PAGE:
Stay tuned for his always interesting reporting and commentary on the latest in politics and daily events.

Friday, January 18, 2008

Friday Blog Roundup

Today's blog roundup asks the following questions:

Online public schools....are they the educational option of the future?

What is the perspective of a KIPP mom on the schools' pedagogy and structure?*

Must curriculum for ELL students be culturally relevant?

* This entry is especially notable for the KIPP debate, since, in the blogosphere, there is a great glut of opinions from educators and ed reformers and hardly any weigh-in from families who are actually in the KIPP schools.

Thursday, January 17, 2008

Educational Robin Hood: Sneaking into Out-of-District Schools

Today's blog post is authored by an Hispanic CREO intern, Moira Nadal. For comments or questions, she can be reached at

An article in the New York Times reveals a crisis currently faced by many suburban school districts: students claiming false residence to sneak into out-of-district schools. It describes the experience of one school in New Jersey trying to deal with this problem and the drastic measures administrators have turned to in order to cope. To combat this major problem, for example, school districts are hiring investigators and retired policemen, creating anonymous hotlines and posting bounties for reports of out-of-district students that are proven to be true.

The lack of educational opportunities that creates this phenomenon is a problem for students across the US. Several sources in the article are quoted as saying that students’ sneaking in is a persistent problem in their districts. This is clearly a manifestation of parents' need to have more and better options for schooling their children. In several parents’ and community blogs across the nation, parents admit to sending their children to out-of-district schools and give many reasons why they choose to do so. For many parents in the Berkeley area, for example, the issue of convenience came up for working parents who want their child’s school to be closer to their place of work. In Georgia’s Henry County, many seem to believe that a search for better facilities is leading students to sneak in from neighboring counties.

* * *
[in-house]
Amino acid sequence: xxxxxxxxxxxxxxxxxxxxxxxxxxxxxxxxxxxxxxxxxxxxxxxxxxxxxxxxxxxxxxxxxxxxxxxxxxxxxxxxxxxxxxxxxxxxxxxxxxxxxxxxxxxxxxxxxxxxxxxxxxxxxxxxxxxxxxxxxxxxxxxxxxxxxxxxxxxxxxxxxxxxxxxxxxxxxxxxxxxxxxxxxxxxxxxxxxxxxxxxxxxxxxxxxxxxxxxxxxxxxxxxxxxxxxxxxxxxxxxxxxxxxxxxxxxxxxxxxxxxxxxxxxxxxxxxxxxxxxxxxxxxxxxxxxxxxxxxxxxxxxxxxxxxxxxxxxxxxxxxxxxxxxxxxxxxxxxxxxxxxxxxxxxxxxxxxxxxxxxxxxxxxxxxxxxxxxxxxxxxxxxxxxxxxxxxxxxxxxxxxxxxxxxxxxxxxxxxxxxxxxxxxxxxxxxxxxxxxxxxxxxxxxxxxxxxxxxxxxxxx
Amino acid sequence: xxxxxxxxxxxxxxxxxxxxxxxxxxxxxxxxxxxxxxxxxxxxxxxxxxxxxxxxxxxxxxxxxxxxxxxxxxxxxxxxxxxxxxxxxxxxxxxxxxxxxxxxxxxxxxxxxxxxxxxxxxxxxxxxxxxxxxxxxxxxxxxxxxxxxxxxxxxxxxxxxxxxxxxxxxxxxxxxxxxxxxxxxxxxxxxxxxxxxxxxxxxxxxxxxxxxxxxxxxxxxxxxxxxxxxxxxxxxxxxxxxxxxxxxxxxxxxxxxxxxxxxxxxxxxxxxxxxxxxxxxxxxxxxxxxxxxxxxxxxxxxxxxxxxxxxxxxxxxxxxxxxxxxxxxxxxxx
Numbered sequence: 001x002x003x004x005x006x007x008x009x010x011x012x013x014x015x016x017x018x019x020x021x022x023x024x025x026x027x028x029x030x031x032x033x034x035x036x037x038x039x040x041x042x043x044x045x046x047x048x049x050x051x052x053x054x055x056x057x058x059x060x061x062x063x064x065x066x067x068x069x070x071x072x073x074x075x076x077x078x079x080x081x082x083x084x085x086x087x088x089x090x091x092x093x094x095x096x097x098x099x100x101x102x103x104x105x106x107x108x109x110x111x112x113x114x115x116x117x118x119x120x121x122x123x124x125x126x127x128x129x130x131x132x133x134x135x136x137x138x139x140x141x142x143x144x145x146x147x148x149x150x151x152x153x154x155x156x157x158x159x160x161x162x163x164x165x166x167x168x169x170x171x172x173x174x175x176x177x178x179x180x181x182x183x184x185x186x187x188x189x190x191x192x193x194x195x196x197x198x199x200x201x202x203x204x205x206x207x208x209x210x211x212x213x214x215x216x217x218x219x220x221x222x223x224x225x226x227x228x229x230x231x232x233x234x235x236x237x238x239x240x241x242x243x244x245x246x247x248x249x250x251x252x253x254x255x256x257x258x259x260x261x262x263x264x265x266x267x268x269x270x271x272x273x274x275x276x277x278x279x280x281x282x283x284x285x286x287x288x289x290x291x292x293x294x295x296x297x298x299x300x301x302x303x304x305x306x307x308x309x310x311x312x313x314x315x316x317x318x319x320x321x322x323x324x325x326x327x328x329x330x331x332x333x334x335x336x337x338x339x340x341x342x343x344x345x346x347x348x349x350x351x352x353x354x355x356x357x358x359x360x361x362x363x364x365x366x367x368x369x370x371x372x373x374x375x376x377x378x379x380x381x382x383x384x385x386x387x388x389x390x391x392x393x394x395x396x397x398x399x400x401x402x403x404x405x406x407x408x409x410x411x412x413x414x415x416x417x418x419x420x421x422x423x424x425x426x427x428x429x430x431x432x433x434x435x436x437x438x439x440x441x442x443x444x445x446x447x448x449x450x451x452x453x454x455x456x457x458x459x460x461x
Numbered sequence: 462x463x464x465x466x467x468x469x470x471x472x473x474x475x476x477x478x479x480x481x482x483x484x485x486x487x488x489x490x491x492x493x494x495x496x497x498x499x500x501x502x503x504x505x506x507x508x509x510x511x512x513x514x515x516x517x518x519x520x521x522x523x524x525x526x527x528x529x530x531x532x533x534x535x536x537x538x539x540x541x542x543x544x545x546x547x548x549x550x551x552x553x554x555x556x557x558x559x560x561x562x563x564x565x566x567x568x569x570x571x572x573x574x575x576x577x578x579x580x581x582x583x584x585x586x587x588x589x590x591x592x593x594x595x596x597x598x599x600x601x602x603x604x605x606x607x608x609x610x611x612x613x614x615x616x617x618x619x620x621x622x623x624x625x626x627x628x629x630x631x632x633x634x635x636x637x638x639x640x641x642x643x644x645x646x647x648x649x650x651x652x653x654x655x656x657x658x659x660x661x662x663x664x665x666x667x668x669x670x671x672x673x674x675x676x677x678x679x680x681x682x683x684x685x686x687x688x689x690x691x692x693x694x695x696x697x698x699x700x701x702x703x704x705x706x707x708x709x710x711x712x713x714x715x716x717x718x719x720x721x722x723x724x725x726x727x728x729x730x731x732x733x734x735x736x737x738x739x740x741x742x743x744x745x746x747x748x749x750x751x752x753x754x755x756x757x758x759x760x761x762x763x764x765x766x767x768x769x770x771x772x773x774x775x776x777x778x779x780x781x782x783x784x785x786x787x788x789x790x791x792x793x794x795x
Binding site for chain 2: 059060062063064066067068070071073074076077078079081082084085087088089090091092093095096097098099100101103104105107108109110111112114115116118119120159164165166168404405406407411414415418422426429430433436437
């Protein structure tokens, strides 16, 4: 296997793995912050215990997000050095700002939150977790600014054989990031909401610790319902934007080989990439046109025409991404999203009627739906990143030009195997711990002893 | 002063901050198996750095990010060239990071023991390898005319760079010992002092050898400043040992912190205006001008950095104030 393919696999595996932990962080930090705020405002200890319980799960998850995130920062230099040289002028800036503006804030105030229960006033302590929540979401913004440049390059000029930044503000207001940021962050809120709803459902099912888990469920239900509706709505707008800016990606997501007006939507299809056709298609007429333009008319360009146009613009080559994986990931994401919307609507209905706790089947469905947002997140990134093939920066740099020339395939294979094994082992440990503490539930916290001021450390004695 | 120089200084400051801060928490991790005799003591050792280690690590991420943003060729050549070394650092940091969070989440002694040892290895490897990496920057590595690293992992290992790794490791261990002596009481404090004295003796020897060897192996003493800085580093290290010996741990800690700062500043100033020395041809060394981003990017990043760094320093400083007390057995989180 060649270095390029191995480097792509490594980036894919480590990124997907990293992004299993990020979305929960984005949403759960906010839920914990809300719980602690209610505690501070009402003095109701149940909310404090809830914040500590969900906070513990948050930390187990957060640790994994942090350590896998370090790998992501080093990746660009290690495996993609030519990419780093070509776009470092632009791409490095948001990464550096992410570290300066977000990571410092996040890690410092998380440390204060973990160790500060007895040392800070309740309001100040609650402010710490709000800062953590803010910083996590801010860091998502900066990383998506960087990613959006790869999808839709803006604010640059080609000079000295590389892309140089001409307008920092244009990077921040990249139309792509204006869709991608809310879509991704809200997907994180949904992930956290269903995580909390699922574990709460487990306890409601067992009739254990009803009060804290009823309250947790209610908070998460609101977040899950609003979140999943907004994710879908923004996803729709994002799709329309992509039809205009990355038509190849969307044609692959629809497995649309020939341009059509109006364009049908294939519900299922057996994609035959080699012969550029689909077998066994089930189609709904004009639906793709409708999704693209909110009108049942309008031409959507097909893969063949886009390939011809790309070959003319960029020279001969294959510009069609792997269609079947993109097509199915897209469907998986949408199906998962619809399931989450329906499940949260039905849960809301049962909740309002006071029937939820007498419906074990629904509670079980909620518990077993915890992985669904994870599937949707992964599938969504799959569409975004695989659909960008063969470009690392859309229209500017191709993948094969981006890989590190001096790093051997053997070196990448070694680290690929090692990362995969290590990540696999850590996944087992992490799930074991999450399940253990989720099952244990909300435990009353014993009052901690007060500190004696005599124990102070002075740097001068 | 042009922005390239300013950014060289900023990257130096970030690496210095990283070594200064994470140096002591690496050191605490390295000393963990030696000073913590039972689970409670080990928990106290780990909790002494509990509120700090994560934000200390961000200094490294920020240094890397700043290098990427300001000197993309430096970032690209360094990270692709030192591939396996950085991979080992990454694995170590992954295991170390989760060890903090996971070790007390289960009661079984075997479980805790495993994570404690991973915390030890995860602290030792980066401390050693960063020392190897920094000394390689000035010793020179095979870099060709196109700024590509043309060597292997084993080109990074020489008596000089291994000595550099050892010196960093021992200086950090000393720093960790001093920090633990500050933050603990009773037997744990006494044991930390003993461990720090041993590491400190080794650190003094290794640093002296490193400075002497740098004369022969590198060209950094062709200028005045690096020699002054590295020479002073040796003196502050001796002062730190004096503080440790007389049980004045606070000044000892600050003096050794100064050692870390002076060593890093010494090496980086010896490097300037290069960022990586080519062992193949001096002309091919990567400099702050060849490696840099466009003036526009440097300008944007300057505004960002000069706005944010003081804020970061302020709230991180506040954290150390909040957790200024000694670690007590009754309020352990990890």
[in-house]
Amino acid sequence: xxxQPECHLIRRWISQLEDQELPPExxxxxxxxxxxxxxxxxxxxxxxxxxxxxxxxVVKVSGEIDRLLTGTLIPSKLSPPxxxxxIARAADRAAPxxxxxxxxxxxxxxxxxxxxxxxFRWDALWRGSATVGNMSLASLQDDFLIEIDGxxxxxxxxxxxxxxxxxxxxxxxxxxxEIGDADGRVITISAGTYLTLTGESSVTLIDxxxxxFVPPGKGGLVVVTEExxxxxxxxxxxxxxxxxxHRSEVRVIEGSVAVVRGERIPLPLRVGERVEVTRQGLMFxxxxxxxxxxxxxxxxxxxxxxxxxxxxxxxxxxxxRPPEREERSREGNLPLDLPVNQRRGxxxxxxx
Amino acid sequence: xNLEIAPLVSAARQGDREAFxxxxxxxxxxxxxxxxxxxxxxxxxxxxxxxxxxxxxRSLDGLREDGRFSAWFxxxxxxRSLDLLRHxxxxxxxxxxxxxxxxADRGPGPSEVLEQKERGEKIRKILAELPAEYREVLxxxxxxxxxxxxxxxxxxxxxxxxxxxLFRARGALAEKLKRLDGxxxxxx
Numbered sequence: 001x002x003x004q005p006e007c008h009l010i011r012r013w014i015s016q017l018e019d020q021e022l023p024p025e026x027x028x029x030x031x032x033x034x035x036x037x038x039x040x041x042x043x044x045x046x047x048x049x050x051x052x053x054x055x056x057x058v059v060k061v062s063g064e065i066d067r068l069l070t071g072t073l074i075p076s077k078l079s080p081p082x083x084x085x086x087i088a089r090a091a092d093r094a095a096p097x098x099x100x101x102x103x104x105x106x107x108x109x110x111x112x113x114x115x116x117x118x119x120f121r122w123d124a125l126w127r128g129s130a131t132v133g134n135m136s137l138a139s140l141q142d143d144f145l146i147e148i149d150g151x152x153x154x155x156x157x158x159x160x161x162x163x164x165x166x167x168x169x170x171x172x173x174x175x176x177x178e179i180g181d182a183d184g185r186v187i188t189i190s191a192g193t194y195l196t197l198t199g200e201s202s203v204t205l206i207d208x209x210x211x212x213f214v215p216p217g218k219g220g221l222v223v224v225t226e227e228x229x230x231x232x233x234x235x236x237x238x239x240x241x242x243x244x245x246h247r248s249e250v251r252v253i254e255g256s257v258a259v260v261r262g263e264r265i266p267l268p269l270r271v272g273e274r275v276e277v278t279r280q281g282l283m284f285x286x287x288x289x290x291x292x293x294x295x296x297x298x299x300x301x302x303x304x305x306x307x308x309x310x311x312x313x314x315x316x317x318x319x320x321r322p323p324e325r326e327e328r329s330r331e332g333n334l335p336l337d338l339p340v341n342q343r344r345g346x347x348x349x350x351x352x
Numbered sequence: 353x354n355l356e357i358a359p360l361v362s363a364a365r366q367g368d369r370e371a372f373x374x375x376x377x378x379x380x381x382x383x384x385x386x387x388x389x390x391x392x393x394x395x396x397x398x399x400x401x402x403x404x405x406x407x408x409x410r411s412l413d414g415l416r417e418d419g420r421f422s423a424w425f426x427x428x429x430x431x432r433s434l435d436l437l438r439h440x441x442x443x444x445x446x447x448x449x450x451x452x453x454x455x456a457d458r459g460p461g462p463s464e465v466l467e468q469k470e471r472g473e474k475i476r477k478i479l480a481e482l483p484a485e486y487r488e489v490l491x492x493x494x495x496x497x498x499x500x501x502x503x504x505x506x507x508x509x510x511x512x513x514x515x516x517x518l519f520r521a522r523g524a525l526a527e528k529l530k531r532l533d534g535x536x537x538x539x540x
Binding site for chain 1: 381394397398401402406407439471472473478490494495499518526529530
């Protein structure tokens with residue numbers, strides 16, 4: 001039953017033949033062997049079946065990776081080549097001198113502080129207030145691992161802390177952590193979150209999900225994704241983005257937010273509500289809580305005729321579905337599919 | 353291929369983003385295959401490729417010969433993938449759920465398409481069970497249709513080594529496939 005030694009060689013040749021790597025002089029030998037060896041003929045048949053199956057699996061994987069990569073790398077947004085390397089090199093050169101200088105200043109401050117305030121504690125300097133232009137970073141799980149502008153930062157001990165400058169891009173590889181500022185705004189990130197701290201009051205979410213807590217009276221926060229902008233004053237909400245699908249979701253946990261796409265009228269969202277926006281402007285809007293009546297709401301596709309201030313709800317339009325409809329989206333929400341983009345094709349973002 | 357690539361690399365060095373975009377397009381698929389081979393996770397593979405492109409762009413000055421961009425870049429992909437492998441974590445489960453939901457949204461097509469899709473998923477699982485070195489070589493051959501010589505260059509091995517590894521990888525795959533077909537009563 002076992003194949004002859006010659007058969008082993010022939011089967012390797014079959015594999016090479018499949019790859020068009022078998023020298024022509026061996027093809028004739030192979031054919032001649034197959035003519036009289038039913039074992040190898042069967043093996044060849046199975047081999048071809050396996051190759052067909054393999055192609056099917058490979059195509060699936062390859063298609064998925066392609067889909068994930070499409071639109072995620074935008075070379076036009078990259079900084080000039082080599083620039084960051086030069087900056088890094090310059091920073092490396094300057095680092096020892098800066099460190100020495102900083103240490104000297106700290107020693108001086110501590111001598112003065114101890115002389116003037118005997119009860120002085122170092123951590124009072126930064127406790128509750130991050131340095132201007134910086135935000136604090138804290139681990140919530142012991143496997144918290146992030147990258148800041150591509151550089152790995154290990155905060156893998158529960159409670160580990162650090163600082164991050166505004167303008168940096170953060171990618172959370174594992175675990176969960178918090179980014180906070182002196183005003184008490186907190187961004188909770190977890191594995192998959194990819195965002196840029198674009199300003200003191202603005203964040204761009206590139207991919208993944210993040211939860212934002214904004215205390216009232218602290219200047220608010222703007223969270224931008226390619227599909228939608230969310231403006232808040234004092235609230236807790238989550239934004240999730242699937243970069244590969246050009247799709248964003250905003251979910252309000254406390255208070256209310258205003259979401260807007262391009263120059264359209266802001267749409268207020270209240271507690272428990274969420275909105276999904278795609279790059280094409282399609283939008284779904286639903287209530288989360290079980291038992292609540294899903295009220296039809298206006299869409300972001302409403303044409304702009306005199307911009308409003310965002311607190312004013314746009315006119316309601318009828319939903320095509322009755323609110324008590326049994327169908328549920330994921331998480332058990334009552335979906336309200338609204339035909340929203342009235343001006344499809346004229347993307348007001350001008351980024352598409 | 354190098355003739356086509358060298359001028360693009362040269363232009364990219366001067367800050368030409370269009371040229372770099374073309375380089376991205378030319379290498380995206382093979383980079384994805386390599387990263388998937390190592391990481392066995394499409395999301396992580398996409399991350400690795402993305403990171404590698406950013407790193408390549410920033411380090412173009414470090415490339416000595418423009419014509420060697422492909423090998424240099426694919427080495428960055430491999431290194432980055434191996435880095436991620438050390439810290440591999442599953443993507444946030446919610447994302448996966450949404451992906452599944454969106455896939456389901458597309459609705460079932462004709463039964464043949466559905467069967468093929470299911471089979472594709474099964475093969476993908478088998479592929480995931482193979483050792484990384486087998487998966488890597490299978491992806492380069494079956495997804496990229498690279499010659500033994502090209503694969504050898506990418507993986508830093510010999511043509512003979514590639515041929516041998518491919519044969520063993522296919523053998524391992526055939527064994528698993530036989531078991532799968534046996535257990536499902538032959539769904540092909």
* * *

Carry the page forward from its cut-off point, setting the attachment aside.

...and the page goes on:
Other forums mention students who want to switch to another school because of smaller classes, better teachers, and safer learning environments. These reasons for transferring are particularly relevant to Latino students, who are disproportionately enrolled in failing or persistently dangerous schools. For many low-income Hispanics, especially those who are denied school choice and lack the resources to pay for private school, transferring to an out-of-district school - or sneaking in - may be the only viable opportunity for a decent education.

There are still many parents who wish that their child’s school were more convenient, to their work or to a caregiver. There are parents frustrated by the lack of qualified teachers and learning materials, overcrowding, and violence; who wish for their children to be able to go to schools with more competitive sports teams or with specialized language classes. There are many reasons that students are sneaking illegally into other school districts - these reasons are the same why parents deserve to be given more power over their children’s school choices.

Tuesday, January 15, 2008

Preschool: The Magic Dropout Prevention Technique?